from Reynolds—part one of Claims of Unmanned Aerial Vehicles

Dear T,

However it could have went in Paris, years ago, in the night, drunk, along streets with willing women, paying, and the three hoods in the offshoot of the alley, while I turned to look as I left.

Uncertainty in their eyes—they seemed to be dealing—but I turned my head and walked back out into the main street.

I remember a bar later on, and watching a British comedy on a television with two Asians drinking beside me. They laughed at all the wrong times, or so it seemed to me.

I woke up with blood on my pillow, and glass in my hand.

Dear V,

The fog and bus and child.

Do flies buzz? Note the imprecision of all the different types of buzzing. But when we hear one buzzing—through constant usage the particular sound of the buzzing is heard when we mention the fly. It is buzzing pre-buzzing. It’s a drag.

I guess I suppose maybe I thought.

There is a breeze—well, there are many separate breezes. I am going around town looking for bread, stumbling into a place with metal doors with graffiti on them. There is not bread there, but there is beer and an owner with a sports hat on, a thin cotton T-shirt, and he’s bending at the waist, looking for something beneath the counter. We carry on a small conversation. He remains in the same position for the duration, and I eventually leave.

Some ghosts grow very fat if they get plenty to eat. They are very fond of honey.” (Hurston, Mules and Men)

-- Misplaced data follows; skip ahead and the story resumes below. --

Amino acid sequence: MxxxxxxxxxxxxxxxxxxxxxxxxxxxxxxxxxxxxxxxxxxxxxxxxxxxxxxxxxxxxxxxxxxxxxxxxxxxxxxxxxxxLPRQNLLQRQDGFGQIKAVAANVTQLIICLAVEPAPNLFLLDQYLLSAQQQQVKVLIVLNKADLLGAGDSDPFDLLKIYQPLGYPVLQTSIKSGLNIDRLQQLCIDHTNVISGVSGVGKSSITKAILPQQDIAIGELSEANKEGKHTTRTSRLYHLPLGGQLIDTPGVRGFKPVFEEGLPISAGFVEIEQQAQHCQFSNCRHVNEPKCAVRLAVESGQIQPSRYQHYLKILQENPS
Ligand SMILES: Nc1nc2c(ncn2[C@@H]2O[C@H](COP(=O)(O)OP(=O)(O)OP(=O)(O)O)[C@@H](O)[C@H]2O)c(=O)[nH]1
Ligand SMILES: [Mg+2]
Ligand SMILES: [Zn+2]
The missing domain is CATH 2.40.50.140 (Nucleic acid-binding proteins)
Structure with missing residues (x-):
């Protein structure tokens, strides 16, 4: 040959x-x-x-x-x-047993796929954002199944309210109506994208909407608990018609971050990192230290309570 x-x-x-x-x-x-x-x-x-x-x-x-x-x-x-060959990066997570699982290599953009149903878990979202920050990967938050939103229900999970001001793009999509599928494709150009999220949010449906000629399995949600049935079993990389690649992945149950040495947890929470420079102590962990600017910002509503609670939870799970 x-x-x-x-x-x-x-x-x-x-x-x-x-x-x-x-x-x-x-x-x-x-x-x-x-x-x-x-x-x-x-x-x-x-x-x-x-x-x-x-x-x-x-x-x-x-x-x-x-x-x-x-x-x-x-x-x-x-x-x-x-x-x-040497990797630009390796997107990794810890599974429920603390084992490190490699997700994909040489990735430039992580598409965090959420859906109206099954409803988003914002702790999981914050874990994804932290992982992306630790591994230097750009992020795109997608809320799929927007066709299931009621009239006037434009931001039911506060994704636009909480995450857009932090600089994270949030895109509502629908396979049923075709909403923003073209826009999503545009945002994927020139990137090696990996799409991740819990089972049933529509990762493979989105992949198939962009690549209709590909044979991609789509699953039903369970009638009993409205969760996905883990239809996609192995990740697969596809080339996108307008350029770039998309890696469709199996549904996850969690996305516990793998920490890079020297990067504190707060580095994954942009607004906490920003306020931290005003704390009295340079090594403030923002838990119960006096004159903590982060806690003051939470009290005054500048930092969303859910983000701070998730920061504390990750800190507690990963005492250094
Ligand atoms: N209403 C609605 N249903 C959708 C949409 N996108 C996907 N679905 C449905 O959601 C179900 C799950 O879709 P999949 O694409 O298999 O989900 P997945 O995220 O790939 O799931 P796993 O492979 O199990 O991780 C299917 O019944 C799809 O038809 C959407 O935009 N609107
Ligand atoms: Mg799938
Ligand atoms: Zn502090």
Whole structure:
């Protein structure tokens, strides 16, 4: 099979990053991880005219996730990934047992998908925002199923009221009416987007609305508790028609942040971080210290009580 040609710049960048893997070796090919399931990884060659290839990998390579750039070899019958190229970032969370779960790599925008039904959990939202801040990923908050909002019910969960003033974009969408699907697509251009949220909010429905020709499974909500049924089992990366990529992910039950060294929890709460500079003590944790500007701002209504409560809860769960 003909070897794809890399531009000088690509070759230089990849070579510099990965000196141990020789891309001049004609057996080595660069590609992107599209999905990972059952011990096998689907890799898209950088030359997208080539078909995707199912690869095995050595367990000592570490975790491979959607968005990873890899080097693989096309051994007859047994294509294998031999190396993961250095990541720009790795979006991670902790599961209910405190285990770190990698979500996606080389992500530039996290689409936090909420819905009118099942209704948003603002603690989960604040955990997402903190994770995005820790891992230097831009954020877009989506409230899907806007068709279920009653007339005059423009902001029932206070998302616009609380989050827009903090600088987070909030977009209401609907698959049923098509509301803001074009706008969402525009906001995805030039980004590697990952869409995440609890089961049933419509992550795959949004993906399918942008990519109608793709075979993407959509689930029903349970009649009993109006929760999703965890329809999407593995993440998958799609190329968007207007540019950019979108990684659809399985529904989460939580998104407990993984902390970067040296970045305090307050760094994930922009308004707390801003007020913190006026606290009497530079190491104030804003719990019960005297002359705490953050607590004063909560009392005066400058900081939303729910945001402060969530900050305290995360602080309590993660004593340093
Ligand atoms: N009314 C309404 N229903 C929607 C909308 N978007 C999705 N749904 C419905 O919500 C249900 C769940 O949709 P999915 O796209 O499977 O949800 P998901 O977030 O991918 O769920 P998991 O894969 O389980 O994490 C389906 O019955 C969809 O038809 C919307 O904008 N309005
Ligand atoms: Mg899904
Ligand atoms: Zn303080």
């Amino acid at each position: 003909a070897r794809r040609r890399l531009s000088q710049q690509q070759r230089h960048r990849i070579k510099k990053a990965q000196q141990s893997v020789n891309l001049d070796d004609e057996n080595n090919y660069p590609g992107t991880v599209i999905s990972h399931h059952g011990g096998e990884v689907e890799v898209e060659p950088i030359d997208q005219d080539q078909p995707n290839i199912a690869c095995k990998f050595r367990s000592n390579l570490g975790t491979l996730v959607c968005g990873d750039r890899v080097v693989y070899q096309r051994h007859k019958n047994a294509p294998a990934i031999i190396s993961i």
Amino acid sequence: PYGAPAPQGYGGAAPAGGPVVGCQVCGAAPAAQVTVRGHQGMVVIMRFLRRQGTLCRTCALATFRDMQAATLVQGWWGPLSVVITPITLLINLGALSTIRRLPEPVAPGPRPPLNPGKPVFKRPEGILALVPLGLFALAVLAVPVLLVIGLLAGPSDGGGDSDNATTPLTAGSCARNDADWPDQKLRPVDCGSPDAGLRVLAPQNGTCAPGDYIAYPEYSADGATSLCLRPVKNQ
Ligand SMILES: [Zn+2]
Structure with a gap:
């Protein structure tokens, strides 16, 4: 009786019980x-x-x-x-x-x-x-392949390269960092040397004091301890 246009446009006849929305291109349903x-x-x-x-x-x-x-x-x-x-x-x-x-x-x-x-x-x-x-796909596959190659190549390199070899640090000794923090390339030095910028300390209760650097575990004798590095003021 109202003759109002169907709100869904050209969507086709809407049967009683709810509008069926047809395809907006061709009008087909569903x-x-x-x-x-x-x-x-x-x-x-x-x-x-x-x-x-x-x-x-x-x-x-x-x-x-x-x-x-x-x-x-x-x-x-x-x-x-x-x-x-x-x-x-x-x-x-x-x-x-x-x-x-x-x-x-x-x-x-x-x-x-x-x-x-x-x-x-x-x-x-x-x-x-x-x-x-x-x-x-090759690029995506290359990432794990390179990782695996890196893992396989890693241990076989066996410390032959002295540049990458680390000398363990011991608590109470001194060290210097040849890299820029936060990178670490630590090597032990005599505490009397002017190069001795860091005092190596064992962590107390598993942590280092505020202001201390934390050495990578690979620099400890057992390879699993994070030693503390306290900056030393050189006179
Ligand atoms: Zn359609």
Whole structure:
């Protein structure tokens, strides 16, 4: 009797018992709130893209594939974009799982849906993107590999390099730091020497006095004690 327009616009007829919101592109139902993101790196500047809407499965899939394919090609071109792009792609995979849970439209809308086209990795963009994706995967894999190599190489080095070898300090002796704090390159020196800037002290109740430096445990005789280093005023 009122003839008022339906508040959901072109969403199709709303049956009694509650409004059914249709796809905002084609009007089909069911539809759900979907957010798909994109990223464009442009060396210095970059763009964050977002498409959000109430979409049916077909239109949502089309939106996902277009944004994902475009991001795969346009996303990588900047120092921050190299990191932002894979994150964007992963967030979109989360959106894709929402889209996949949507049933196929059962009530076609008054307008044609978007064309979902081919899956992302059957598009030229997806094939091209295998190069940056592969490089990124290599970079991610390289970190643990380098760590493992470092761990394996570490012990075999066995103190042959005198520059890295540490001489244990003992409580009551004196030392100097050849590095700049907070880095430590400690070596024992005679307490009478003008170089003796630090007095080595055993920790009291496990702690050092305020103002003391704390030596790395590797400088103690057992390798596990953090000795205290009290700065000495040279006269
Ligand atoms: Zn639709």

Dear W,

The fur on the shoe made one imagine a deer a pig an animal as the inference with the woman—and the man who gave the shoe was what?

No Americans were hurt.

The movie trailer narratives, broken up pieces of the sequential film, were much more interesting than the film itself. Displaced sections, gestures, things put into different contexts by enjambment with the neighboring information.

Basically, a nightmare.

Dear X,

A man keeps bumping into the same woman—over a three month period—in different locations. The man and the woman exchange hellos and how-are-you’s. They smile and become silent. The man, nervous to continue talking, and avoiding the silence, wonders if he should say: “we meet so often, under such strange circumstances, maybe we should begin having sex.” He doesn’t say anything, though, and then she and he say goodbye.

Dear Y,

For my parents’ wedding, the elderly monsignor, a man who had overseen masses for many decades and knew my mother and her relatives, asked especially to marry them. Then, at the wedding, during the vows, he said: “Do you… Do you… what’s your name?” to my mother. She responded tersely with her name. Then he turned to my father and asked, without a pause, “Do you, Buddy Fry, take Jane Funk?” My father slammed down his booklet and said: “I’m James Wagner!” Later on, my mother had to start another section of the mass because the monsignor didn’t remember it. And finally, as the ceremony ended, he intoned, “And I forbid the pagan ceremony of throwing rice.”